Final Focus – Here is where you want to limit down the debate to that one or two arguments you think you have won on. There are many ways to do this, but no matter what, it should be clear, concise, straightforward, and easy for me to follow. In the end, the more work you do for the judge means the more likely the judge will vote for you. Impact calculus is also very effective here. In short, no new evidence, elaborate your arguments (including your framework if you extended it throughout the debate), persuasion, and a story to sum things up if possible.
Speed – spreading is okay but hopefully you're not doing it in PF. Clarity > speed, always.
Framework – like Public Forum, framework should be included in your speech unless you have a good reason not to do so. Develop it, use it to your advantage, and extend it across your speeches so that I will take this into consideration when deciding the ballot.
Topicality – if you do not extend it across the your speeches, I will disregard it as an argument, and be sure to include all of the necessary components. Again, this is a tool that can win you a debate.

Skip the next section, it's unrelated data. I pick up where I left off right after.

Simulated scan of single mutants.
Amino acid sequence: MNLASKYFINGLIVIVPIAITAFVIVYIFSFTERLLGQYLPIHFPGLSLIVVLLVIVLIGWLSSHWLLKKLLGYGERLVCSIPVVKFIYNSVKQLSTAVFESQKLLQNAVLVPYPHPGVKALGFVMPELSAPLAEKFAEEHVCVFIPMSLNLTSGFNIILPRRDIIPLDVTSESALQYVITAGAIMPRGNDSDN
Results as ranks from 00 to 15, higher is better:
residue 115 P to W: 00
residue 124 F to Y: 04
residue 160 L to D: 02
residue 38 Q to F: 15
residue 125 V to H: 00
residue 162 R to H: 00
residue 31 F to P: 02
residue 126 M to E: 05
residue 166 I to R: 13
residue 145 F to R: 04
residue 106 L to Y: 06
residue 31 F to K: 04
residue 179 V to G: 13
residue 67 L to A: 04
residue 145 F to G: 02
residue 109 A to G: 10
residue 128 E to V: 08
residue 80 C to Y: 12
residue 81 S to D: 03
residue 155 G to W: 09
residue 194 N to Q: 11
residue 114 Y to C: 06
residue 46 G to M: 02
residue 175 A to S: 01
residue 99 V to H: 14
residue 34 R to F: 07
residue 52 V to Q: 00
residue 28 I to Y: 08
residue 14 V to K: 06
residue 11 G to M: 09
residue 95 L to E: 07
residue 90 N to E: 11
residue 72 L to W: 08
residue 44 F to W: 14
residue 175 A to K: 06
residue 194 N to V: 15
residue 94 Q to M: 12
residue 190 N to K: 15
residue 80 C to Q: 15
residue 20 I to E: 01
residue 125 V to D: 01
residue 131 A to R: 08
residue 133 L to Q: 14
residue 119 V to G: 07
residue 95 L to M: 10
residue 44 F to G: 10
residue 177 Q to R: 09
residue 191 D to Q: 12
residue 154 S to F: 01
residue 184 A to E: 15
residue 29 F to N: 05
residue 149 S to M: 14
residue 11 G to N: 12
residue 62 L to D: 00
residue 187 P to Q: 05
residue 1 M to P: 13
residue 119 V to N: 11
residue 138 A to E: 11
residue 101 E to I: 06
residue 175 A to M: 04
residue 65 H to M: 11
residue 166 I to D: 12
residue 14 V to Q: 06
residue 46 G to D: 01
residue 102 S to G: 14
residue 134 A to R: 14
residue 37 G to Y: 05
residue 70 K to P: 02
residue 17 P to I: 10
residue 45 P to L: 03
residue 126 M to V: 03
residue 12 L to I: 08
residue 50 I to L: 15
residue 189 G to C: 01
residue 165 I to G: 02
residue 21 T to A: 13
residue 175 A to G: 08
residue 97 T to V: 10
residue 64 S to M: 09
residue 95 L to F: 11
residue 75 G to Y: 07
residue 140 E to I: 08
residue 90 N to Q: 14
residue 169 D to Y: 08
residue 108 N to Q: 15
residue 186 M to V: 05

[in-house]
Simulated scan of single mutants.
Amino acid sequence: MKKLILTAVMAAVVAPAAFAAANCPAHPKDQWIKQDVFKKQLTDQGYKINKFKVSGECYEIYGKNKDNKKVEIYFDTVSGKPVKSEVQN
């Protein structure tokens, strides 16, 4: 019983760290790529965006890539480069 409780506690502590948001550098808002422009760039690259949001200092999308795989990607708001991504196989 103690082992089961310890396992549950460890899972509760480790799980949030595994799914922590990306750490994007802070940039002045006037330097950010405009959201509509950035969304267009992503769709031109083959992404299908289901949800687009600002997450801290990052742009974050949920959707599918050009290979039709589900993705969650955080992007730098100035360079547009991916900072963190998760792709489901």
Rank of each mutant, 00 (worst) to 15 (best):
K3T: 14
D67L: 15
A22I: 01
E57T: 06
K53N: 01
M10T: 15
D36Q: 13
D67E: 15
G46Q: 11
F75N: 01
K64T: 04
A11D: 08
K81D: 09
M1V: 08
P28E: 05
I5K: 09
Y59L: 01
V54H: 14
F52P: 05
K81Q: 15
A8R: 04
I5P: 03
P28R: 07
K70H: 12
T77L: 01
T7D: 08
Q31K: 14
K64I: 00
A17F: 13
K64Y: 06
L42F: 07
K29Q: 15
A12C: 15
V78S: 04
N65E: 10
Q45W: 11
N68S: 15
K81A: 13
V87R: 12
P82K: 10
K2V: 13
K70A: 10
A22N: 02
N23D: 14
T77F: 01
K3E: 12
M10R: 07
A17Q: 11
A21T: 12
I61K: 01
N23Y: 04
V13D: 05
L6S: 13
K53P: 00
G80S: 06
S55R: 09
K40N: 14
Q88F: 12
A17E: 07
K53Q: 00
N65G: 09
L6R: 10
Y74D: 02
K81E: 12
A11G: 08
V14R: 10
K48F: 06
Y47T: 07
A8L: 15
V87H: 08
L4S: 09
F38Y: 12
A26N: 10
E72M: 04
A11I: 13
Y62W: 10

Theory – must be explained clearly, efficiently, and logically if you're going to mention it.
Kritiks – only run them if you know how to explain them from the inside out. Have a strong link and don't rely on prewritten blocks. You can always tell when a debater doesn't understand a kritik they're running.
DAs – be strategic when running them, especially when paired with a CP
CPs – always have a net benefit to the CP, answer each permutations separately, and be strategic.
Prep – email/flashing is not considered prep, but if it takes an unreasonable amount of time, then down goes your speaker point.
Include me in your email chain: firstname.lastname@example.org
(work in progress)
Above are more like the logistics of the debate. As far as skill, persuasion, and speaker points go, just do your best and learn from your mistakes because it's not something that can improve in a day, but as you have more and more experience.
Good luck and have fun!
I have participated in debate for more than 6 years, including public forum, LD, and Policy Debate. I am open to all kinds of arguments and speed.
Clarity outweighs speed. Quality outweighs quantity.
Just a reminder, the purpose of debate is not only to present your arguments but to engage with your opponents.
I have experience doing speech as a kid and experience of being a speech judge.